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'Dwelling' does not simply mean to 'be present'. It means to reside or inhabit. If you go into a shop, you are not 'dwelling' in the shop, but you are present there. If you say "I do not dwell in the shop" it doesn't mean you never go in there, or that you are not there now. The point is that God is above 'dwelling' in places that humans have made. He has ...


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Regardless of later usage, exegesis should look at the original language and the likely original meaning of a text. In the original Hebrew, Isaiah 7:14 uses the word 'almah, which means 'young woman' and is used only in this sense in nine other references in the Old Testament. The Hebrew word for 'virgin' is betulah and is used exclusively in that sense ...


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If there were no punishment for sin would salvation be necessary? That is a really difficult question, because it references deep theological topics in a fictitious parallel universe, a la C.S. Lewis' Narnia. As the Bible makes clear, sin is punished, and therefore, this question is an irrelevant one (in the practical, real world). However, it is a ...


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In ancient Near Eastern religions, Leviathan was a multi-headed chaos monster whom the gods had to defeat at the time of creation. Mark S. Smith says, in The Early History of God, page 86, a seal from Tel Asmar (c.2200 BCE) depicts a god battling a seven-headed dragon, identified as Baal's enemy, Leviathan, and God's adversary in the Bible. The ...


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Revelation 21:2 personified the New Jerusalem as a bride. 2 And I saw the holy city, New Jerusalem, coming down out of heaven from God, prepared as a bride adorned for her husband. As we know through Scripture, New Jerusalem will be the city those in Christ will call home. With this description, the marriage would be between the Lord and the New ...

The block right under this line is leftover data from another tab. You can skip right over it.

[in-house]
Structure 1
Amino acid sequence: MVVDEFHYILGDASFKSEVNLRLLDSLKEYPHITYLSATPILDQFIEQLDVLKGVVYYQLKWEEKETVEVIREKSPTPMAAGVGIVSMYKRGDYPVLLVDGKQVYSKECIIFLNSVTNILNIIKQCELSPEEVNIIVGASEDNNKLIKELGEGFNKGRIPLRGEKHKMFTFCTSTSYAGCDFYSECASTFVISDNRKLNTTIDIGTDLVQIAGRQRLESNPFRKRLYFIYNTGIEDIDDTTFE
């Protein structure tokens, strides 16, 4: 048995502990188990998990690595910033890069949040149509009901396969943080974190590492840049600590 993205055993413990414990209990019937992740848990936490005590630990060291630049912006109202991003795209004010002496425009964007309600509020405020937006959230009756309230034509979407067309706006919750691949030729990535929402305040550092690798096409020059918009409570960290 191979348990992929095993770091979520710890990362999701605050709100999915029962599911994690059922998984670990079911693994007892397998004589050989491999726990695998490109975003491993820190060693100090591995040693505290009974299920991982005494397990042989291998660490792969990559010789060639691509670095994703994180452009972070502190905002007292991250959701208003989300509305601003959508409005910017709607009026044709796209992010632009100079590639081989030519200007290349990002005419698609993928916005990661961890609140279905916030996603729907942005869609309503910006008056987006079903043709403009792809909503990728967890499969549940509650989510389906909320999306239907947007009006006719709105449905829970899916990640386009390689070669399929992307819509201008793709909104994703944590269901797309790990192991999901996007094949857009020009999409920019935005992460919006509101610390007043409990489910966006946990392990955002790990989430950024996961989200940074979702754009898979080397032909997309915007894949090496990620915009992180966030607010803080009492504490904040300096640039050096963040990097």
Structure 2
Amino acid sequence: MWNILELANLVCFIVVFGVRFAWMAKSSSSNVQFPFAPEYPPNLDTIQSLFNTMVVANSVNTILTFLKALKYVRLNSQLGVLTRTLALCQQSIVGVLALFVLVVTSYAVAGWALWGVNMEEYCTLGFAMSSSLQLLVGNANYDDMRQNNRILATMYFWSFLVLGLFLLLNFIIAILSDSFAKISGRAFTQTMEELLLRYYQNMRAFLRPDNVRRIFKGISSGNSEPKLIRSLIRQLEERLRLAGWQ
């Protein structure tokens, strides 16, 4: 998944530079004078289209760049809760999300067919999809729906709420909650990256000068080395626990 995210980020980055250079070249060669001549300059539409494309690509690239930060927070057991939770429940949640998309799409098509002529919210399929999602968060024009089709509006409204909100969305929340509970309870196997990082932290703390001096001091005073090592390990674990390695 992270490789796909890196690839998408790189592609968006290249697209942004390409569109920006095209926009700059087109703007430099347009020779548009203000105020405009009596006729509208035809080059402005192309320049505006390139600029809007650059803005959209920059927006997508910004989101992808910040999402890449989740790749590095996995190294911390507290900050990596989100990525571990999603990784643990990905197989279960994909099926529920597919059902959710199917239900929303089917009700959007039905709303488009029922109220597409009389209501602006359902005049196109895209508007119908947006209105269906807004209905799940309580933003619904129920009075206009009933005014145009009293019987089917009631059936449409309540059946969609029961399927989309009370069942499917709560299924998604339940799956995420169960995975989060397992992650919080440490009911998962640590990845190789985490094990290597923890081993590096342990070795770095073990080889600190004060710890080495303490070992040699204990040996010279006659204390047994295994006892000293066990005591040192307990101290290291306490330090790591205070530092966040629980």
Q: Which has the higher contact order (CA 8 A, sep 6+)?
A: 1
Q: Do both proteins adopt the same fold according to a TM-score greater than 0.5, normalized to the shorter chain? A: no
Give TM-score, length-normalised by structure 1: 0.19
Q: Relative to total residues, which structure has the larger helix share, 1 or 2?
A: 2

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Why does 1 John say Christians are unable to sin? 1 John 3:6 Whosoever abideth in him sinneth not: whosoever sinneth hath not seen him, neither known him. 1 John 3:9 Whosoever is born of God doth not commit sin; for his seed remaineth in him: and he cannot sin, because he is born of God. One of the problems in translating something between ...


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Ressurection is mentioned many times in the Bible. Job also said "And after my skin has been destroyed, yet in my flesh I will see God" (Job 19:26). According to this article, the Sadducees based their doctrine only from the Torah(Pentateuch), rejecting all Jewish Oral Laws and gave no importance to the writing of the Prophets. In Matthew 22:23-33, ...


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Many interpret it in light of the rest of the larger section, Romans 9-11, which indicates that Paul's language of election is about Jews and Gentiles. In fact, cutting off that section at verse 23 is quite artificial, and even the Reformed-leaning ESV translation groups 9:1-29 into a single pericope. On this interpretation, election is not a choice by God ...


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Jesus told several parables about weddings and feasts, such as the parable of the ten bridesmaids/virgins. These parables are about the Jews who should have been prepared for Jesus' coming to earth, but instead refused him. So one common interpretation is that it will be the faithful Old Testament Jewish saints who will be the guests - those who had faith in ...


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1 Corinthians chapter 13 is called the Hymn of Love and is thought to be a pre-Pauline hymn that Paul was quoting. Perhaps the most beautiful English rendition of the poem or song is the the King James Bible, but unfortunately it translates ἀγάπην as 'charity', rather that 'love'. The Hymn of Love, from the KJV, amended to speak of 'love': 1 Though I ...


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Mark 12:30-31 (KJV) And thou shalt love the Lord thy God with all thy heart, and with all thy soul, and with all thy mind, and with all thy strength: this is the first commandment. And the second is like, namely this, Thou shalt love thy neighbour as thyself. There is none other commandment greater than these. From here we can see that there are ...



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